Let's assume by entropy of macrostate $D$ we mean the Gibbs entropy: $$ S(D) = \sum_k -w^*_{D,k} \ln w^*_{D,k}\tag{**} $$ where for each phase space cell $k$, $w^*_{D,k}$ is the ensemble weight of microstates that are in the phase space cell $k$. How do we find these weights from $D$? There are many different weight distributions $\{w_k\}$ that would be compatible with $D$, but due to laws of probability, the most probable one, and very sharply (other ones are negligibly probable) is that which maximizes the information entropy functional $$ I = \sum_k -w_k \ln w_k $$ and also satisfies the constraints of $D$.

So the most probable weight distribution of macrostate $D$ in the phase space is such that no other distribution compatible with $D$ can have greater information entropy. We denote it $w^*_{D,k}$. Similar statement is true for the most probable weight distribution of macrostate $D'$ and we denote it $w^*_{D',k}$.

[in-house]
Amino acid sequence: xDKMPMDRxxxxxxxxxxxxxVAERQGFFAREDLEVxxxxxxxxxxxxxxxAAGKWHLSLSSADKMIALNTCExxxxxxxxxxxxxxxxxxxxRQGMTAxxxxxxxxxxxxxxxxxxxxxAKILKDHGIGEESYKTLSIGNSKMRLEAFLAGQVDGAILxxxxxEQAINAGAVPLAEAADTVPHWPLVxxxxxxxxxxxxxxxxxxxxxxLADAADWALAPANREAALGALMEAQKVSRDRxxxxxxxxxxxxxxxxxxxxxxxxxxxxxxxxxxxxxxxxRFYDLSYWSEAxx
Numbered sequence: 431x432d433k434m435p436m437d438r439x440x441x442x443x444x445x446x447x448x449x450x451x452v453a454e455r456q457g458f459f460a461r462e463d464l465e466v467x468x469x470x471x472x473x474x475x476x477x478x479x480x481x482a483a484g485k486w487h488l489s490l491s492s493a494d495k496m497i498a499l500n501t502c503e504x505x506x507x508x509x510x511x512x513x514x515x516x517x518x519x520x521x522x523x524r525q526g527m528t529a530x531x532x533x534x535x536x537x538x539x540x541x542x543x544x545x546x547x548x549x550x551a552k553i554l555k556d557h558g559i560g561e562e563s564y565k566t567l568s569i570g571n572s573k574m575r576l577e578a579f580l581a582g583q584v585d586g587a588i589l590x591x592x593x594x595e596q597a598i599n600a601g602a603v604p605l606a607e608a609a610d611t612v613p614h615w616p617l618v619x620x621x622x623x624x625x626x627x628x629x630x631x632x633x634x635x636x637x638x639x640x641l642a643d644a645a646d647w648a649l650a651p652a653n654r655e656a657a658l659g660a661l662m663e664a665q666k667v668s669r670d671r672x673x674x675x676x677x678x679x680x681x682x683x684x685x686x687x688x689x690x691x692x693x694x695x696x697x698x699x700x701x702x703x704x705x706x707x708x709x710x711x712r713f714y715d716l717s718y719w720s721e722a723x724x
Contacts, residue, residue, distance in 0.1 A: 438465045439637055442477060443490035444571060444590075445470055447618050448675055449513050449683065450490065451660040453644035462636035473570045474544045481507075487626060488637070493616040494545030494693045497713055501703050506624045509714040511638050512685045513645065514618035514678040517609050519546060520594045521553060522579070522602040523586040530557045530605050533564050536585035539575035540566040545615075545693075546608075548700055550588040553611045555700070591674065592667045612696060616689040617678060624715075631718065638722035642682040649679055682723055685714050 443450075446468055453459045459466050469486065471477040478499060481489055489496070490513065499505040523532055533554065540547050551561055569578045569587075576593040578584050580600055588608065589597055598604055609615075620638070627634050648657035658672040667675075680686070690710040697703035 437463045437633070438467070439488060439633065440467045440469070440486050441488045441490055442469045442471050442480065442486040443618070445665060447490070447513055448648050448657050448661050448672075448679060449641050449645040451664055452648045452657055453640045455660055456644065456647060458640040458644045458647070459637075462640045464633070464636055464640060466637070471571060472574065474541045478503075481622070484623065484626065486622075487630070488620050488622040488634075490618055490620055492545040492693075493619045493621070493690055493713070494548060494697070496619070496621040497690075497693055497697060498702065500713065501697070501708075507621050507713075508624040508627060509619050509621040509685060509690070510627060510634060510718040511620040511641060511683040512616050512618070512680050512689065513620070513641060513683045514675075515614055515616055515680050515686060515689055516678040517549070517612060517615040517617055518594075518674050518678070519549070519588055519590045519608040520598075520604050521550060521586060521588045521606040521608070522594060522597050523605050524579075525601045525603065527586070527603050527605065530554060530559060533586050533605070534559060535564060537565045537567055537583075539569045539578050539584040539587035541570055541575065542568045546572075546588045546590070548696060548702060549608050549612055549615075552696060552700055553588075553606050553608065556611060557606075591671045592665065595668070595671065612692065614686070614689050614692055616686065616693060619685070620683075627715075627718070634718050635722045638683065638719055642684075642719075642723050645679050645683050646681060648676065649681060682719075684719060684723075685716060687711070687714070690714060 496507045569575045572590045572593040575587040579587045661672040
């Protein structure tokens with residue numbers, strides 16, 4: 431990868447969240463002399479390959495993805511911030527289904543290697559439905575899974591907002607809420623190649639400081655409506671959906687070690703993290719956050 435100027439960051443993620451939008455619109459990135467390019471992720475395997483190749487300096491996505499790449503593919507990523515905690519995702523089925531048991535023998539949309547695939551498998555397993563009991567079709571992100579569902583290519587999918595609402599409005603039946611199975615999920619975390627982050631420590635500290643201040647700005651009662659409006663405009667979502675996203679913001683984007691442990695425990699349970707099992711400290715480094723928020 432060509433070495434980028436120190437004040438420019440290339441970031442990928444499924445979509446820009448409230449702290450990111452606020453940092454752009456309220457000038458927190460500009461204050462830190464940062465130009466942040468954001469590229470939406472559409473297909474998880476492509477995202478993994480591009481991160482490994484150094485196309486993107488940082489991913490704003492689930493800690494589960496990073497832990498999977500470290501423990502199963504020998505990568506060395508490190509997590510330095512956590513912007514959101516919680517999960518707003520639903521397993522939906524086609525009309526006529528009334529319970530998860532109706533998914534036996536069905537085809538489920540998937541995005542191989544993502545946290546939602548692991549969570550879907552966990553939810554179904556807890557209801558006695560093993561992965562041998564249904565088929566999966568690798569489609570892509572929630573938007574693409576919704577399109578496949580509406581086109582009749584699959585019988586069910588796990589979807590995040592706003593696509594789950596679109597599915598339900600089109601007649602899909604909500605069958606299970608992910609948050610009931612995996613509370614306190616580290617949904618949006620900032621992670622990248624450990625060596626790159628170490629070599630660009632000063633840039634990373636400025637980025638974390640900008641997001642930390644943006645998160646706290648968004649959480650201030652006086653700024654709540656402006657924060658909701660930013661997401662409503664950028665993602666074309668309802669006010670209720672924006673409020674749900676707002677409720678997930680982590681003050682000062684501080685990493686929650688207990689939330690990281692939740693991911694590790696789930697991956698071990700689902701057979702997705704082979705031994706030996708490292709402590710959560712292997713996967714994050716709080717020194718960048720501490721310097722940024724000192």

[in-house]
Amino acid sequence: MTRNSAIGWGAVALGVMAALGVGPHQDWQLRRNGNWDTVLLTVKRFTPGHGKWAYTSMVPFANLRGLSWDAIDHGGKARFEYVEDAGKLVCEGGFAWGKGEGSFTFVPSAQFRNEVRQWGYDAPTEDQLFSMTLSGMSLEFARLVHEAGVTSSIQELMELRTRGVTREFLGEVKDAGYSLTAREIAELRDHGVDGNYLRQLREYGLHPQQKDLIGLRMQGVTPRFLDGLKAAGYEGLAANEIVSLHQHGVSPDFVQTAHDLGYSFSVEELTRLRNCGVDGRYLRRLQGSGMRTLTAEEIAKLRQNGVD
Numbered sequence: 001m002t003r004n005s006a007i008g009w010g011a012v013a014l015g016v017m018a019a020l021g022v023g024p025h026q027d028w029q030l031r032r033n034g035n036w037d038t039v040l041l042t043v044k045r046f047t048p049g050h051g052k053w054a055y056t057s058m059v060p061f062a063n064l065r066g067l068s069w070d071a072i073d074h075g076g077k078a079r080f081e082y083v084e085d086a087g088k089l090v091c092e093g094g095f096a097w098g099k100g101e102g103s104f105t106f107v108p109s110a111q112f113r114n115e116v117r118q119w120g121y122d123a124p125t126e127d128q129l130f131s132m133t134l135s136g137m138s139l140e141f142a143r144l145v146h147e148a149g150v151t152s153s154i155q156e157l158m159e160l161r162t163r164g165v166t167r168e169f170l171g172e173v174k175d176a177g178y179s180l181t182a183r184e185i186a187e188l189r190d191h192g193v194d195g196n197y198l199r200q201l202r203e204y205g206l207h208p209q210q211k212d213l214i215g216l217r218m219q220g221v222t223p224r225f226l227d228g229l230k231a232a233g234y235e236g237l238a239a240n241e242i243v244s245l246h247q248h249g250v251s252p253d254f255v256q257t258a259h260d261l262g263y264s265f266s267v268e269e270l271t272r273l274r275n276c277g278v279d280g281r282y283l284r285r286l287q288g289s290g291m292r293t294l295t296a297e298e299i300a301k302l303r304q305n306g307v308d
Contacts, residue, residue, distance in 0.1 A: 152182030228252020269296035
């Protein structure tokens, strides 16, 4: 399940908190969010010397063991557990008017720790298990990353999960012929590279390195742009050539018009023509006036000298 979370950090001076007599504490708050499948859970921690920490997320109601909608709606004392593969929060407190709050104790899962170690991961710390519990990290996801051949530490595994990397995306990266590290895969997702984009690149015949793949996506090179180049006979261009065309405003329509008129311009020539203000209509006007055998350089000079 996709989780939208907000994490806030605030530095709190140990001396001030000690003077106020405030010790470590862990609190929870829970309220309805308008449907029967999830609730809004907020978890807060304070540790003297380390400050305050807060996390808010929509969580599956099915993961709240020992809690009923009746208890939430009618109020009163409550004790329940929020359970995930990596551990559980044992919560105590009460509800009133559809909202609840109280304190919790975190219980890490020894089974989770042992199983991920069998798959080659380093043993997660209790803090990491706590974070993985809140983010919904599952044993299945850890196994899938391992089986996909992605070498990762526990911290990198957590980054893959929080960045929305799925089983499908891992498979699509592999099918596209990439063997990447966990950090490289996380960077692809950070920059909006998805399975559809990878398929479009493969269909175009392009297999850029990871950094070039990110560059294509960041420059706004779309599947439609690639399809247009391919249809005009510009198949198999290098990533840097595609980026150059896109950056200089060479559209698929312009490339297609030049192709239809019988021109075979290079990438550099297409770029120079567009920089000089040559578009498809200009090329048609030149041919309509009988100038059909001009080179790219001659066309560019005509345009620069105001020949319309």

Now imagine we let our ensemble of microstates, initially compatible with $D$, evolve in time according to the system Hamiltonian. Our ensemble weight distribution will evolve from $w^*_{D,k}$ to another distribution $w_{k}'$. When the ensemble reaches a state consistent with $D'$, the evolved weight distribution does not have to be equal to $w^*_{D',k}$; due to the Hamiltonian evolution, the phase density initially given by $w^*_{D,k}$ will be mixing into new regions of phase space in a complicated way, resulting often in a much different weight distribution than what the most probable distribution for $D'$ is (Hamiltonian evolution can't erase the initial condition from the weight distribution). Due to Liouville's theorem, value of the information entropy for this evolved weight distribution $w'_k$ is the same as value of information entropy for the initial distribution $w^*_{D,k}$. Which means it cannot be the maximum possible information entropy for the macrostate $D'$; the maximum is reached only by the most probable distribution for $D'$ which is smooth and different from $w'_k$. So we see that Hamiltonian evolution of weight distribution, preserving information entropy, requires that entropy of the macrostate $D'$ that reliably occurs after $D$, cannot be lower; it is either the same or higher.